Fun Fact:  The word “God” occurs 153 times in Romans; an average of once every 46 words – this is more frequent than any other New Testament book. In comparison, note the frequency of other words used in Romans: law (72), Christ (65), sin (48), Lord (43), and faith (40).  Romans deals with many different themes but as much as a book can be, it is a book about God.

The gospel is not new, Paul says.  It’s been around since the prophets.

Christianity centers on Jesus, who is both human and divine.  Period.

Our Lord signifies deity and God.

History of First Christian Church in Rome:  Paul had never been to Rome, and he did not found the Roman church.  Most of Paul’s letters were to churches he founded.  Acts 2:10 describes how there were people from Rome among the Jews present at the Day of Pentecost; so when they returned home, Christians needed a place to worship.  Furthermore, being the center of the known world at that time in history, Christians continually migrated to Rome from all parts of the Empire.  It shouldn’t surprise us that a church started there spontaneously, without being directly planted by an apostle.  Moreover, there is no Biblical or historical evidence that the Apostle Peter founded the church in Rome.

Even so, through mutual acquaintances or through his travels, Paul knew many of the Christians in Rome by name because he mentions them in Romans 16.  Hence, he knew two things about them and every true Christian:  they were beloved of God and saints.

The Christians became saints through the calling.  “to be” is added by translators.  All Christians are holy since they are set apart to God and have the Holy Spirit within.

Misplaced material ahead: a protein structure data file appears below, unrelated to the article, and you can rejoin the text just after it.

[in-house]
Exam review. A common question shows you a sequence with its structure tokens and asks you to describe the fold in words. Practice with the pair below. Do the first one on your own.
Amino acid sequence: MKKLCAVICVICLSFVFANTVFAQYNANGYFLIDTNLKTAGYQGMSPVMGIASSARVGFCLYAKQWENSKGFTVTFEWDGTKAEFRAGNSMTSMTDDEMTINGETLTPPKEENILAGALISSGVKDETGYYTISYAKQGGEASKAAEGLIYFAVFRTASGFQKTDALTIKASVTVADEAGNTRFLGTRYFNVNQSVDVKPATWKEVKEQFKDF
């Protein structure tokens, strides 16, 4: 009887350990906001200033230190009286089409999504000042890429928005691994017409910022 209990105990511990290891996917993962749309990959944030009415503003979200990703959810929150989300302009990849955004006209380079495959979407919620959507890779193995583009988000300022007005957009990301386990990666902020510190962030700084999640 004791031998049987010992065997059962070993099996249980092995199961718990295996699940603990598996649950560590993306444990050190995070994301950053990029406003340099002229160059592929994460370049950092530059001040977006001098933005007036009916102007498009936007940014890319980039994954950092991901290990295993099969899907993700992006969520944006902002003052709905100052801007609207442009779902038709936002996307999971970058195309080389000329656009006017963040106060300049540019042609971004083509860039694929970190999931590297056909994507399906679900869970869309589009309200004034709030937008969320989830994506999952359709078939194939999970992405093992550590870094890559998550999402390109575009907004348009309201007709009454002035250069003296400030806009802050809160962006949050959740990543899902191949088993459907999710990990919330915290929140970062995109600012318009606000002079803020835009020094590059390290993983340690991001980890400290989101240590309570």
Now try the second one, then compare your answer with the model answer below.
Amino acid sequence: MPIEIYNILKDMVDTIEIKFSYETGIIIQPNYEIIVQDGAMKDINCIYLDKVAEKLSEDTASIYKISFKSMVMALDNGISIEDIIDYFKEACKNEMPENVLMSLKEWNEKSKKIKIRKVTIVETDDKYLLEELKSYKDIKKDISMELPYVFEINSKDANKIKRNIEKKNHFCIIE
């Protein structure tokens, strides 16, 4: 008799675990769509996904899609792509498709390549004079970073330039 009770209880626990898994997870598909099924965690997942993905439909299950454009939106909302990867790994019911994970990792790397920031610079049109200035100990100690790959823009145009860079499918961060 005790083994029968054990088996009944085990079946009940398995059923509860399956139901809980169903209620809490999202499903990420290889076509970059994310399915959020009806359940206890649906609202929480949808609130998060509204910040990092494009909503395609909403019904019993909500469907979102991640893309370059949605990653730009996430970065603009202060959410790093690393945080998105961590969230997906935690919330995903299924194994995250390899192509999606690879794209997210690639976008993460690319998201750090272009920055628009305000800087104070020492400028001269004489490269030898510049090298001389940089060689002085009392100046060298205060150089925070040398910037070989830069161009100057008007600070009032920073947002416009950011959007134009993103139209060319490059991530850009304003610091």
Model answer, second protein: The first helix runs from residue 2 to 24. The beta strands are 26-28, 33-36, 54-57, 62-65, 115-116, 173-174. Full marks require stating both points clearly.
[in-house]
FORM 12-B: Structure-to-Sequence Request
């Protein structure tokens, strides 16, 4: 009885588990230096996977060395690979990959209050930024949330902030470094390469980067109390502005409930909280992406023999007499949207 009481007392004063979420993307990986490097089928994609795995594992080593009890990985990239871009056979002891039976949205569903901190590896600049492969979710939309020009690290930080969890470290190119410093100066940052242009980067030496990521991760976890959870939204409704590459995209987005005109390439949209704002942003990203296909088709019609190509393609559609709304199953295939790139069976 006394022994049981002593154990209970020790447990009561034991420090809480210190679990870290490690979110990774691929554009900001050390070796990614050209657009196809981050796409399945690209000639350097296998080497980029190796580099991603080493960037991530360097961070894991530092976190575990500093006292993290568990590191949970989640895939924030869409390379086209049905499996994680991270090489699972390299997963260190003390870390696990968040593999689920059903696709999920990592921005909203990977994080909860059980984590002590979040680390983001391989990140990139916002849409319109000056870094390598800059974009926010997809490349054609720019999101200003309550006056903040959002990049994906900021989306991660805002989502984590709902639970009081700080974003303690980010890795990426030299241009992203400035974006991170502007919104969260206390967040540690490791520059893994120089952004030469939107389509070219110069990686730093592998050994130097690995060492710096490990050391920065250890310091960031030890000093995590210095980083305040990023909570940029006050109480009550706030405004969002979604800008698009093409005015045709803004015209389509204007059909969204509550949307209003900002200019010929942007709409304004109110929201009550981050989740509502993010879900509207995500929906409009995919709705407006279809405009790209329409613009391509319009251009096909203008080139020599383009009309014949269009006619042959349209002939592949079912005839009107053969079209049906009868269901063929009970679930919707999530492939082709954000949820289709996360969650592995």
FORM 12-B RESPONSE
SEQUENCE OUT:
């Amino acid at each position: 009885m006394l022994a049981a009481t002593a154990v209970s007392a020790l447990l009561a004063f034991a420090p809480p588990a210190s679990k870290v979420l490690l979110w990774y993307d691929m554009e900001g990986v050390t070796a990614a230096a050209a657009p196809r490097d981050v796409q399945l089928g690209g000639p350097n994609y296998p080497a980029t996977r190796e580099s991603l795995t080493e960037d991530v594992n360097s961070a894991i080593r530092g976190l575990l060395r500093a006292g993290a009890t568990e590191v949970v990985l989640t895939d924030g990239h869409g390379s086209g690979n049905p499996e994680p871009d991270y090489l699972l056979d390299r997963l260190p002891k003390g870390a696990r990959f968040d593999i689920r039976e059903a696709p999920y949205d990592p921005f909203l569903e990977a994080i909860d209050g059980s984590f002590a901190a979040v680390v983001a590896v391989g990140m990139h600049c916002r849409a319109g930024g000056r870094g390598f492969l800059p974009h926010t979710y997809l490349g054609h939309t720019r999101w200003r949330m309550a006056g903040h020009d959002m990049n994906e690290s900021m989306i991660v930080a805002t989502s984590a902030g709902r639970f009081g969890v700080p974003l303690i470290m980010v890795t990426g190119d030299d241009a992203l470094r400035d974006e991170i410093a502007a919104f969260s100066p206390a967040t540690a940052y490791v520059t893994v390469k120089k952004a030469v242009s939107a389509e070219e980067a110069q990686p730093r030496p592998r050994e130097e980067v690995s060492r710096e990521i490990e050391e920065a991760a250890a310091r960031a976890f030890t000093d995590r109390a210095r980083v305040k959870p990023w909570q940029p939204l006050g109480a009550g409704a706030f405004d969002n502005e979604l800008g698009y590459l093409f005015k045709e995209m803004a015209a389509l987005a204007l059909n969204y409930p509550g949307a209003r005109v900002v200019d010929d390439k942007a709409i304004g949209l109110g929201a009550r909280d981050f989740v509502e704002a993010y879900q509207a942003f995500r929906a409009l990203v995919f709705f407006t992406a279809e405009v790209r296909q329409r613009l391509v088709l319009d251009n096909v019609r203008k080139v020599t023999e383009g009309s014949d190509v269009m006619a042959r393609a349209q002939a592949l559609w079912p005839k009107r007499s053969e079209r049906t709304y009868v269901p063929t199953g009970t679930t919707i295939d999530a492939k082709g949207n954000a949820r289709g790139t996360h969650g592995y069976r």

This greeting is used by both Paul and Peter in all their letters.  It combines the traditional Greek greetings with Hebrew.  The greeting is echoed in the conclusions, serving as an apostolic benediction on those addressed.

Advertisements

11 comments on “BSF Study Questions Romans Lesson 1, Day 2: Romans 1:1-7

  1. Mary Sowjanya says:

    Thank you for sharing BSF virtual satellite group link. I used to go to BSF class until last year. But due to personal reasons I couldn’t for this year. I clicked the link and enrolled in the satellite class in the same state. I got my lessons. I can’t thank you enough because I now have the notes and questions also. By the way I was subscribed to your mail from John and I loved the summer study as well.

  2. John Kaylor says:

    Dear Debbie, I think that’s your name. You do a great author’s job on BSF questions, answers and commentary; you should write your own AtoZ commentary. You have a great pen for clarity. I signed up for Virtual and they already have 1-4 notes on line; saving paper. I hope they can move from serving 5,000 people to something closer to 7.5 billion people around the world. J

    • Lissette says:

      Hi J, I signed on as well buy have not received anything yet. I wonder if I did it right?

      • Shelli Layman says:

        I just looked on my link and I have not been added to a group yet. The site said that when you are added to a group, you will start to see the information. The site said it could take up to 7-10 days to added to a group.

  3. Mary Swendiman says:

    I am in El Paso, Texas. We received our first lesson, which is due next Monday.
    I appreciate the work you. It helps me Put me put my thoughts on paper concise. Thank you,
    Mary J. Swendiman September 12. 2017

  4. Jennifer says:

    How do you join a virtual group? I’m not able to attend my local group this year but would really love to do the Romans study!

  5. weissy says:

    How do I sign up for the group satellite class online?

Leave a Reply

Fill in your details below or click an icon to log in:

WordPress.com Logo

You are commenting using your WordPress.com account. Log Out / Change )

Twitter picture

You are commenting using your Twitter account. Log Out / Change )

Facebook photo

You are commenting using your Facebook account. Log Out / Change )

Google+ photo

You are commenting using your Google+ account. Log Out / Change )

Connecting to %s